MP: RM1,000 fine too high for low income group

Kuching MP Dr Kelvin Yii (Malay Mail Pic)

By Emma Victoria

THE government has been urged to revise the blanket RM1,000 fine imposed on offenders caught not wearing face masks in public places, and to further define ‘crowded public places’ where wearing the item is mandatory.

Bandar Kuching MP Dr Kelvin Yii said the compound is way too high especially for the lower income group.

Some of them, he added, may not even have enough money to buy face masks in the first place while others are not aware of the policy or standard operating procedures (SOP).

“If we look at Victoria, Australia, their fine for an offender is A$200, which is about 6.7 per cent of Australia’s minimum income. Whereas in Malaysia, RM1,000 is about 83 per cent of the RM1,200 minimum wage.

“This is not fair considering our principle is to educate, not just to punish,” Dr Yii said in a statement that he had raised the issue at the Dewan Rakyat sitting this morning.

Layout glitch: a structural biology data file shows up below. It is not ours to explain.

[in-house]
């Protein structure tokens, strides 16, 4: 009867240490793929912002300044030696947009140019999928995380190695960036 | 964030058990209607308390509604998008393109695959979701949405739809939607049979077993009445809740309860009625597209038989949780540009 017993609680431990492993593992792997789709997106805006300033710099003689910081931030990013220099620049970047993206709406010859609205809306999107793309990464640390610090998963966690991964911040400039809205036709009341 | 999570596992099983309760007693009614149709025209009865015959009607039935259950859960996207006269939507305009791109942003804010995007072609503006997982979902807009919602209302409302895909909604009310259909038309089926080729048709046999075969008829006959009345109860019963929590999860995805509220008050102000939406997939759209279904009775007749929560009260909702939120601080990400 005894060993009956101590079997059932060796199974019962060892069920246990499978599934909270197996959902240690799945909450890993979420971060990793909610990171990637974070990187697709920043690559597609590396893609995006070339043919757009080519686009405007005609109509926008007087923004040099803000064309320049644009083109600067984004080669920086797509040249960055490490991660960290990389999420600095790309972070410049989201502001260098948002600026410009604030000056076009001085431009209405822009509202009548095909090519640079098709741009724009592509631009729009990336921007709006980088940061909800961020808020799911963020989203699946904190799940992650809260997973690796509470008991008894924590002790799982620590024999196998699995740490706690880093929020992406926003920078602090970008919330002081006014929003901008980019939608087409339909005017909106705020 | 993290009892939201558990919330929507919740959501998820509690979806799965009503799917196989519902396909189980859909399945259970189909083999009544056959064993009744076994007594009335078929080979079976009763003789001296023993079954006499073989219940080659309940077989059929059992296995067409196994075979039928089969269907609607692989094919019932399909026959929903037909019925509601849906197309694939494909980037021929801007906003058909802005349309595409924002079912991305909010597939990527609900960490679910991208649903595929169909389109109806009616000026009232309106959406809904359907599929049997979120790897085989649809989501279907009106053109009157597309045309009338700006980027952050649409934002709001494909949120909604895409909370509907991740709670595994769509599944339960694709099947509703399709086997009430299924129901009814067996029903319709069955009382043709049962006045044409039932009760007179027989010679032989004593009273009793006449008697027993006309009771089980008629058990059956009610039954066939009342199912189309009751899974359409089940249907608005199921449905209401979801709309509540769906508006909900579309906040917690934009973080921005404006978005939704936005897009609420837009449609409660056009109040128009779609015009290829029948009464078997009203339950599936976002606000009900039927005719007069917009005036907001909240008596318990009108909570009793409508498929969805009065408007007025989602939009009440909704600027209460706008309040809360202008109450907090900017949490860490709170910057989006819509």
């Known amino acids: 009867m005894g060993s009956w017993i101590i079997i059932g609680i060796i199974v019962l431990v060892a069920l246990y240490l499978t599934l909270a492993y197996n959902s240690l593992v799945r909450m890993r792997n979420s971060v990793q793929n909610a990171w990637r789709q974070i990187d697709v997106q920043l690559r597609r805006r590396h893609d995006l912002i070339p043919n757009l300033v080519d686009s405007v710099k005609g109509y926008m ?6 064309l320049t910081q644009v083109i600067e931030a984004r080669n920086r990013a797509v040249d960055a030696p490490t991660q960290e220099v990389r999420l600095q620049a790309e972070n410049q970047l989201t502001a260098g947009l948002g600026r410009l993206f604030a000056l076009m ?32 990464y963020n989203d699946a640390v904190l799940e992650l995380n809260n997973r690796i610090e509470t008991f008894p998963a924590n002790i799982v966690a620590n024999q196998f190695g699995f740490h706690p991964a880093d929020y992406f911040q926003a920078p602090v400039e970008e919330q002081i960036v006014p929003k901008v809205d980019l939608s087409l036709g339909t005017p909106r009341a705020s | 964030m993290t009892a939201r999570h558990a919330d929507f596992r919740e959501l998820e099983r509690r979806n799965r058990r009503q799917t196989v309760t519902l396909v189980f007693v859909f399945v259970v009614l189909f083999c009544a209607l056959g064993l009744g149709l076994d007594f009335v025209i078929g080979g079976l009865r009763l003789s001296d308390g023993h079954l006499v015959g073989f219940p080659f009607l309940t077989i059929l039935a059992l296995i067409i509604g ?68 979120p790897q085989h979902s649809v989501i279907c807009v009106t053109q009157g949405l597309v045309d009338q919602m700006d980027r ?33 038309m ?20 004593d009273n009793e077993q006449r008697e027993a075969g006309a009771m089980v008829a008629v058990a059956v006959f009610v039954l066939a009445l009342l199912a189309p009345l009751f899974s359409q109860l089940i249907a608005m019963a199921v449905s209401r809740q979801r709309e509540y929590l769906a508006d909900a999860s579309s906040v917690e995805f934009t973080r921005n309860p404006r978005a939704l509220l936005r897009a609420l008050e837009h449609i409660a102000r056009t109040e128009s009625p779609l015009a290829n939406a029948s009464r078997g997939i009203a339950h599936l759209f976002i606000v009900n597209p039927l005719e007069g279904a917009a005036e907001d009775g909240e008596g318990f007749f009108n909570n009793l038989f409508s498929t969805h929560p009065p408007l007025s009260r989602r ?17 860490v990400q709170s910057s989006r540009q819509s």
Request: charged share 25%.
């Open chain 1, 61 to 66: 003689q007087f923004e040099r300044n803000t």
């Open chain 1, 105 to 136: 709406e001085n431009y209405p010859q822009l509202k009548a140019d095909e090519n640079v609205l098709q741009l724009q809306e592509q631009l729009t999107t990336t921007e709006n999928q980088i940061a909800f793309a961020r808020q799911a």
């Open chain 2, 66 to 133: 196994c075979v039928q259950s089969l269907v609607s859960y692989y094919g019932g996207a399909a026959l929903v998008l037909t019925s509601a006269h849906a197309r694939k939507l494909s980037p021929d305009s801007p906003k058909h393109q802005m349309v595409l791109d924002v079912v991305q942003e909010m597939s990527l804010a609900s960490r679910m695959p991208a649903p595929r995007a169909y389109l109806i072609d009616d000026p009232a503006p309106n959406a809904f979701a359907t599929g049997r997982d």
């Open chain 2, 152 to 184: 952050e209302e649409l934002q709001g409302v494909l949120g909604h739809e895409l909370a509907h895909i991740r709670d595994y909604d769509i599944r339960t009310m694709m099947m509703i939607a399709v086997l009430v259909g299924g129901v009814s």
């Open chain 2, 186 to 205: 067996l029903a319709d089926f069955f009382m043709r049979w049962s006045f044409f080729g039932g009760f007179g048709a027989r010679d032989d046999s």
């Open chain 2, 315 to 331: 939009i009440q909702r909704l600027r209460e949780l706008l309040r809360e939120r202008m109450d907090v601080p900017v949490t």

The government, he said, should impose fines in stages, where the first time offenders may be fined between RM200 and RM300, with the amount increasing for repeat offenders.

“When the fine is too high as it is now, this may also open up opportunity for corruption among the enforcers.”

“We do not want this policy which is meant for good, to be abused, and used by certain quarters to collect “duit kopi” from people who may not be able to pay the fine,” he said.

The lawmaker also urged the government to clarify on the definition of ‘crowded public places’.

“Some of my constituents are confused on what is considered as public places because there have been no specifics gazetted or listed in any official government websites or publications.

“What was announced by the Senior Minister Datuk Seri Ismail Sabri Yaakob was very general, like public transportation, markets, shopping malls and other public places.

“If we look at the model in Australian, their government listed all the places that face masks are needed to be worn, including some exemptions,” said Yii.

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